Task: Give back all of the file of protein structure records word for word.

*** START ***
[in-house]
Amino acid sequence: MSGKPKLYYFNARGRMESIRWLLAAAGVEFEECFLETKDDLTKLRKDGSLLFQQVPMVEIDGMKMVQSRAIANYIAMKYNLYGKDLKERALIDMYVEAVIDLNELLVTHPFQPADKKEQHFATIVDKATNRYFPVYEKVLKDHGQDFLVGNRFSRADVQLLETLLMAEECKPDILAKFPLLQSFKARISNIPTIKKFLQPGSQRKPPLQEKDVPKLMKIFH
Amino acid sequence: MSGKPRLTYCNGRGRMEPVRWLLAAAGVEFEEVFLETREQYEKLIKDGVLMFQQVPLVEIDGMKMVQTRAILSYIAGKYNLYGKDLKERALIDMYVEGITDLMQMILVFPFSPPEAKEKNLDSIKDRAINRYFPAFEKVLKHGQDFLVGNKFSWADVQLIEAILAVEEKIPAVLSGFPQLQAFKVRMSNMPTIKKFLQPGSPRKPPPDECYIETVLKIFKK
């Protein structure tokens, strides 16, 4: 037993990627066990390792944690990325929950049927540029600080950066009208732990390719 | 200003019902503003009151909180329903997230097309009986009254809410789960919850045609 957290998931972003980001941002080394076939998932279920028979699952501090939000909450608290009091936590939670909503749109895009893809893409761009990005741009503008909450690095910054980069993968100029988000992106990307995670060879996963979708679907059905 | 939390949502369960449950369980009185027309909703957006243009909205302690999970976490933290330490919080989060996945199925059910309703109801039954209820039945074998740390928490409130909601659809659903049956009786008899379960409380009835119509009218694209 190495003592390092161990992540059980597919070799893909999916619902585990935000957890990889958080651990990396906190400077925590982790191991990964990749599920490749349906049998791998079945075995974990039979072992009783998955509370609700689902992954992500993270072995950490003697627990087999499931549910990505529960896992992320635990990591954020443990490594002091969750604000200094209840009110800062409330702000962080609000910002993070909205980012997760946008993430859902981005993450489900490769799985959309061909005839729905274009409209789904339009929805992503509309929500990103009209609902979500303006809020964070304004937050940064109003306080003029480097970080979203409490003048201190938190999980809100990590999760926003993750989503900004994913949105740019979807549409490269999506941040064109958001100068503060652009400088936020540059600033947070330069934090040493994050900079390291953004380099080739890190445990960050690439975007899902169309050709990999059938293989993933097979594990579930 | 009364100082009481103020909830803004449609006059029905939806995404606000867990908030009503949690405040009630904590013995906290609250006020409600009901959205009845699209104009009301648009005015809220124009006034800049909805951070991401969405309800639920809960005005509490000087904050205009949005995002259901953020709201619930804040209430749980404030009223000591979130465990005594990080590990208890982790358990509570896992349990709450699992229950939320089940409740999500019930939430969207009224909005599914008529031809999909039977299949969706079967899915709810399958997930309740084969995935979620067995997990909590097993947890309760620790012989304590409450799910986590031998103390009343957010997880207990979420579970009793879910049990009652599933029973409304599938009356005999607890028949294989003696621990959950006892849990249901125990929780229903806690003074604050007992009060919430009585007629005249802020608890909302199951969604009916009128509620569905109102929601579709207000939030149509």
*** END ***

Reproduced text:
[in-house]
Amino acid sequence: MSGKPKLYYFNARGRMESIRWLLAAAGVEFEECFLETKDDLTKLRKDGSLLFQQVPMVEIDGMKMVQSRAIANYIAMKYNLYGKDLKERALIDMYVEAVIDLNELLVTHPFQPADKKEQHFATIVDKATNRYFPVYEKVLKDHGQDFLVGNRFSRADVQLLETLLMAEECKPDILAKFPLLQSFKARISNIPTIKKFLQPGSQRKPPLQEKDVPKLMKIFH
Amino acid sequence: MSGKPRLTYCNGRGRMEPVRWLLAAAGVEFEEVFLETREQYEKLIKDGVLMFQQVPLVEIDGMKMVQTRAILSYIAGKYNLYGKDLKERALIDMYVEGITDLMQMILVFPFSPPEAKEKNLDSIKDRAINRYFPAFEKVLKHGQDFLVGNKFSWADVQLIEAILAVEEKIPAVLSGFPQLQAFKVRMSNMPTIKKFLQPGSPRKPPPDECYIETVLKIFKK
């Protein structure tokens, strides 16, 4: 037993990627066990390792944690990325929950049927540029600080950066009208732990390719 | 200003019902503003009151909180329903997230097309009986009254809410789960919850045609 957290998931972003980001941002080394076939998932279920028979699952501090939000909450608290009091936590939670909503749109895009893809893409761009990005741009503008909450690095910054980069993968100029988000992106990307995670060879996963979708679907059905 | 939390949502369960449950369980009185027309909703957006243009909205302690999970976490933290330490919080989060996945199925059910309703109801039954209820039945074998740390928490409130909601659809659903049956009786008899379960409380009835119509009218694209 190495003592390092161990992540059980597919070799893909999916619902585990935000957890990889958080651990990396906190400077925590982790191991990964990749599920490749349906049998791998079945075995974990039979072992009783998955509370609700689902992954992500993270072995950490003697627990087999499931549910990505529960896992992320635990990591954020443990490594002091969750604000200094209840009110800062409330702000962080609000910002993070909205980012997760946008993430859902981005993450489900490769799985959309061909005839729905274009409209789904339009929805992503509309929500990103009209609902979500303006809020964070304004937050940064109003306080003029480097970080979203409490003048201190938190999980809100990590999760926003993750989503900004994913949105740019979807549409490269999506941040064109958001100068503060652009400088936020540059600033947070330069934090040493994050900079390291953004380099080739890190445990960050690439975007899902169309050709990999059938293989993933097979594990579930 | 009364100082009481103020909830803004449609006059029905939806995404606000867990908030009503949690405040009630904590013995906290609250006020409600009901959205009845699209104009009301648009005015809220124009006034800049909805951070991401969405309800639920809960005005509490000087904050205009949005995002259901953020709201619930804040209430749980404030009223000591979130465990005594990080590990208890982790358990509570896992349990709450699992229950939320089940409740999500019930939430969207009224909005599914008529031809999909039977299949969706079967899915709810399958997930309740084969995935979620067995997990909590097993947890309760620790012989304590409450799910986590031998103390009343957010997880207990979420579970009793879910049990009652599933029973409304599938009356005999607890028949294989003696621990959950006892849990249901125990929780229903806690003074604050007992009060919430009585007629005249802020608890909302199951969604009916009128509620569905109102929601579709207000939030149509």